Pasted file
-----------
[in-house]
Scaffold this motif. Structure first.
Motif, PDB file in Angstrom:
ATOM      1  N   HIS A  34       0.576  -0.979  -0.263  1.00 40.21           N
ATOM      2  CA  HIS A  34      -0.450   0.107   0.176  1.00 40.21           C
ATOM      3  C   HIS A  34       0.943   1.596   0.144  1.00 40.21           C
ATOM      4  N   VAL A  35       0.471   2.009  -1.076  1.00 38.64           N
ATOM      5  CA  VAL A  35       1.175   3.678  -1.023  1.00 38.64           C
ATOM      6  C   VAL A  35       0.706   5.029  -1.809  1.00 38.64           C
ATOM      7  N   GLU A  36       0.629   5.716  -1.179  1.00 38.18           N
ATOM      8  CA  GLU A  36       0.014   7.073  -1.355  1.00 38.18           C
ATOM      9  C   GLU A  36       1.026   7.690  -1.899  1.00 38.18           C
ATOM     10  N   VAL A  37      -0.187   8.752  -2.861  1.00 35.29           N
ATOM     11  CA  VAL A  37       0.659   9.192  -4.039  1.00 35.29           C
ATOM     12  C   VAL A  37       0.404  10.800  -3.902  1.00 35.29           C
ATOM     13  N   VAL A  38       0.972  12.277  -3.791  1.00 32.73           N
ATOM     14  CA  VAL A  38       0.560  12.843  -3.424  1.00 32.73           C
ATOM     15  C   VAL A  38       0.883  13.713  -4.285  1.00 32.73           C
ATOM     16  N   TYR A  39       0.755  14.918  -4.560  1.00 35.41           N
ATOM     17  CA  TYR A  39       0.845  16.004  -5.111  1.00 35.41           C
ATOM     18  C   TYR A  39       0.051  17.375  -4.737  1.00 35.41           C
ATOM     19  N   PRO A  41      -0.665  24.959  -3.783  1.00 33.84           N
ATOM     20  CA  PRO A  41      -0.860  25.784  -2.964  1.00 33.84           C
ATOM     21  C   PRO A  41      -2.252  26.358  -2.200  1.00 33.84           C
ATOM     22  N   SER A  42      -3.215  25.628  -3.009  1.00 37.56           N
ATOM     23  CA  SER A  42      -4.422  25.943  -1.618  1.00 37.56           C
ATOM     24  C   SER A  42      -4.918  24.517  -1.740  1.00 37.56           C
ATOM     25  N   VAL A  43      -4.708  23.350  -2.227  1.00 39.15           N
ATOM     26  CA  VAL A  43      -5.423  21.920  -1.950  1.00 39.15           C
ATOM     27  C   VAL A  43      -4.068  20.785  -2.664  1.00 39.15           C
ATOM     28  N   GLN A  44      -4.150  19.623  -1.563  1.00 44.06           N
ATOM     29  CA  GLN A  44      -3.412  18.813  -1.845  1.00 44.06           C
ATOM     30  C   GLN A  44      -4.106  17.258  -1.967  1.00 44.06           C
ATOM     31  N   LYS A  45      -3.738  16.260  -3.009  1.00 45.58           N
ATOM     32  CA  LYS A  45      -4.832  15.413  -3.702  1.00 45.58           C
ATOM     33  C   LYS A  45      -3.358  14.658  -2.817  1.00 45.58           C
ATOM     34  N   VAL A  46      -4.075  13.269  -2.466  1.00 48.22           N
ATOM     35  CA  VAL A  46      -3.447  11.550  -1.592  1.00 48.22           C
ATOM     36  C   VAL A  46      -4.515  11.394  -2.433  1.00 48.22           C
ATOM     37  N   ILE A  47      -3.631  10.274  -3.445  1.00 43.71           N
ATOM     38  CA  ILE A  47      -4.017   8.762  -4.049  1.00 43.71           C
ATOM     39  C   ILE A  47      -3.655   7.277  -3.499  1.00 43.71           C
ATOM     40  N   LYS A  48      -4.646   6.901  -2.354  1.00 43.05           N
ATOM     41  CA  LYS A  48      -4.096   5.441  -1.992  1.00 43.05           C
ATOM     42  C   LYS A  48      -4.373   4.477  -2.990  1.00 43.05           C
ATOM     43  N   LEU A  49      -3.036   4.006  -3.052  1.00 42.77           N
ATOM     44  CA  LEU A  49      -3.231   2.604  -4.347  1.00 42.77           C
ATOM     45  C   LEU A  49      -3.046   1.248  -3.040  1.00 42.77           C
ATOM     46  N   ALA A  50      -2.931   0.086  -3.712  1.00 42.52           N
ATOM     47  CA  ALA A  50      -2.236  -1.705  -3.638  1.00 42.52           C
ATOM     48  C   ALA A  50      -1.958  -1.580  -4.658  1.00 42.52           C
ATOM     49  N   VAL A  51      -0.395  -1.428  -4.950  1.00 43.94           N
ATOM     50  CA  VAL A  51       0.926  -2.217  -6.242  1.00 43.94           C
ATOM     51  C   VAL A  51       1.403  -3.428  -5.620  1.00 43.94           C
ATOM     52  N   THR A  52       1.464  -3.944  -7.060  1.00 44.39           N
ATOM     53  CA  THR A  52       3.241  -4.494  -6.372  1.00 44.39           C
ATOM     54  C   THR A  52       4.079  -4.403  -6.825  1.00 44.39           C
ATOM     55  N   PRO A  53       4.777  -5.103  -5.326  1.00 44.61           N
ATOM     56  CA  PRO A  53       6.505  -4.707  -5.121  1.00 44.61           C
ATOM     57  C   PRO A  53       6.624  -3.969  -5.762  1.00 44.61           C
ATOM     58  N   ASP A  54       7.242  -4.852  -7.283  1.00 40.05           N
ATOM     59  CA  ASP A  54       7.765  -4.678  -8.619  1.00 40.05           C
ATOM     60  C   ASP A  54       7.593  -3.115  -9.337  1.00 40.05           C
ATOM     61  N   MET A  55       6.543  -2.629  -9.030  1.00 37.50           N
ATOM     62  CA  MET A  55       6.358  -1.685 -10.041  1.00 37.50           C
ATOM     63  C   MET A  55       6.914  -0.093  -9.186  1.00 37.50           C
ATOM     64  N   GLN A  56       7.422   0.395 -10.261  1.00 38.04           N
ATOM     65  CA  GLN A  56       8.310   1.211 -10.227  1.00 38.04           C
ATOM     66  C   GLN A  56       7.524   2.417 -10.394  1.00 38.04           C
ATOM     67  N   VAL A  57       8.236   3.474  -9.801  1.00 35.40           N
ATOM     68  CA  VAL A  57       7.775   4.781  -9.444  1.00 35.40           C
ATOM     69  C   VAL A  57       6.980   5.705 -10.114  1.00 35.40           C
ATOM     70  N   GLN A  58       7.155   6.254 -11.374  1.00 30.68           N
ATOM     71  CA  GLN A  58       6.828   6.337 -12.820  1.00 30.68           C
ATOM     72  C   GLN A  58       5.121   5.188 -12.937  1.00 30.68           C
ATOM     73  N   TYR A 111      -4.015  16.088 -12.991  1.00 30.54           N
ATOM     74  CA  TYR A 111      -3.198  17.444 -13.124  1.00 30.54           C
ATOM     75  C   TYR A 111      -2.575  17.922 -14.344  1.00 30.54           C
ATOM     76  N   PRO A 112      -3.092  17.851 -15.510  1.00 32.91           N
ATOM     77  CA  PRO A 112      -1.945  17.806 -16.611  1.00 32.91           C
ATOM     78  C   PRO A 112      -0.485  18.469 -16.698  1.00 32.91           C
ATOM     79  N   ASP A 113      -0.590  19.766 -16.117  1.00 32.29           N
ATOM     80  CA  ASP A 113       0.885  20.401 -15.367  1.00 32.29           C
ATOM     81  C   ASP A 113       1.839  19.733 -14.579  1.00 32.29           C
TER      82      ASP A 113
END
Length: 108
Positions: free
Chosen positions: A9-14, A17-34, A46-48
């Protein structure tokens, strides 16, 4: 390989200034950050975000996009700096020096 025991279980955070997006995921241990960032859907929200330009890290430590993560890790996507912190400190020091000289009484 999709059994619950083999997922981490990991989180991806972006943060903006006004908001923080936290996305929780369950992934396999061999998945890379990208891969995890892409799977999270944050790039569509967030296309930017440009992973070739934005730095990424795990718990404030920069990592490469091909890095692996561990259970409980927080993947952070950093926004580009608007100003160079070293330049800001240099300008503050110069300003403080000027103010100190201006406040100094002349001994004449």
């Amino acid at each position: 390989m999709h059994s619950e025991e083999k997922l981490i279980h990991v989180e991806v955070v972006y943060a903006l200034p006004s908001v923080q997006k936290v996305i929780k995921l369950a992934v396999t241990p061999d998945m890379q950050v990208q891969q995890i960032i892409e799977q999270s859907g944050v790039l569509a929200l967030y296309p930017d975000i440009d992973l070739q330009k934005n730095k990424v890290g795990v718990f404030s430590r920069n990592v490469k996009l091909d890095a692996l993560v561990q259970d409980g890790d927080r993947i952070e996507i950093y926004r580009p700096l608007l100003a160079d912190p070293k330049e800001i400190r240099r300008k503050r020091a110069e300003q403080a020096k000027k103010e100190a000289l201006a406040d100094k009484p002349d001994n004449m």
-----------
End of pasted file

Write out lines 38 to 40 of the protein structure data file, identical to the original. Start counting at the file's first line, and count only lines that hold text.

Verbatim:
ATOM     35  CA  VAL A  46      -3.447  11.550  -1.592  1.00 48.22           C
ATOM     36  C   VAL A  46      -4.515  11.394  -2.433  1.00 48.22           C
ATOM     37  N   ILE A  47      -3.631  10.274  -3.445  1.00 43.71           N